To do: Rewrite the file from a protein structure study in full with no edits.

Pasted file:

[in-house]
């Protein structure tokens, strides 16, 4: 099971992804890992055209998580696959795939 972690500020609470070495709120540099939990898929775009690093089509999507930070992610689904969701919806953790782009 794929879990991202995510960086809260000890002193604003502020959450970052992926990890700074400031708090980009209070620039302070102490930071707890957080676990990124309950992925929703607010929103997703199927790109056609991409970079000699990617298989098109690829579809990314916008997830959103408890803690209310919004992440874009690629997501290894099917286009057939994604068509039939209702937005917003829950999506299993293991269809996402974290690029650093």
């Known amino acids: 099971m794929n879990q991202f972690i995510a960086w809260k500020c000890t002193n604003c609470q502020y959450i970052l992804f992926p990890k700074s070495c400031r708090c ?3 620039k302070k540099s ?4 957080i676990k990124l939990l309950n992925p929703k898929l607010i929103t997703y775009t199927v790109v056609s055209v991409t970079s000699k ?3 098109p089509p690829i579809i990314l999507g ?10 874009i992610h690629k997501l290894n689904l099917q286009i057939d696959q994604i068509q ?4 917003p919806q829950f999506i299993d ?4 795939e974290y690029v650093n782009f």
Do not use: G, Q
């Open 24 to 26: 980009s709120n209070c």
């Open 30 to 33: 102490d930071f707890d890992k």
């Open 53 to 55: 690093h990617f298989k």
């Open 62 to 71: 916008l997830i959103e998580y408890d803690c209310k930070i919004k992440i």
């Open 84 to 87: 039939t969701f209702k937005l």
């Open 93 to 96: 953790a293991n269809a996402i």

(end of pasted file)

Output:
[in-house]
């Protein structure tokens, strides 16, 4: 099971992804890992055209998580696959795939 972690500020609470070495709120540099939990898929775009690093089509999507930070992610689904969701919806953790782009 794929879990991202995510960086809260000890002193604003502020959450970052992926990890700074400031708090980009209070620039302070102490930071707890957080676990990124309950992925929703607010929103997703199927790109056609991409970079000699990617298989098109690829579809990314916008997830959103408890803690209310919004992440874009690629997501290894099917286009057939994604068509039939209702937005917003829950999506299993293991269809996402974290690029650093």
């Known amino acids: 099971m794929n879990q991202f972690i995510a960086w809260k500020c000890t002193n604003c609470q502020y959450i970052l992804f992926p990890k700074s070495c400031r708090c ?3 620039k302070k540099s ?4 957080i676990k990124l939990l309950n992925p929703k898929l607010i929103t997703y775009t199927v790109v056609s055209v991409t970079s000699k ?3 098109p089509p690829i579809i990314l999507g ?10 874009i992610h690629k997501l290894n689904l099917q286009i057939d696959q994604i068509q ?4 917003p919806q829950f999506i299993d ?4 795939e974290y690029v650093n782009f």
Do not use: G, Q
């Open 24 to 26: 980009s709120n209070c």
């Open 30 to 33: 102490d930071f707890d890992k």
């Open 53 to 55: 690093h990617f298989k």
């Open 62 to 71: 916008l997830i959103e998580y408890d803690c209310k930070i919004k992440i």
């Open 84 to 87: 039939t969701f209702k937005l």
């Open 93 to 96: 953790a293991n269809a996402i």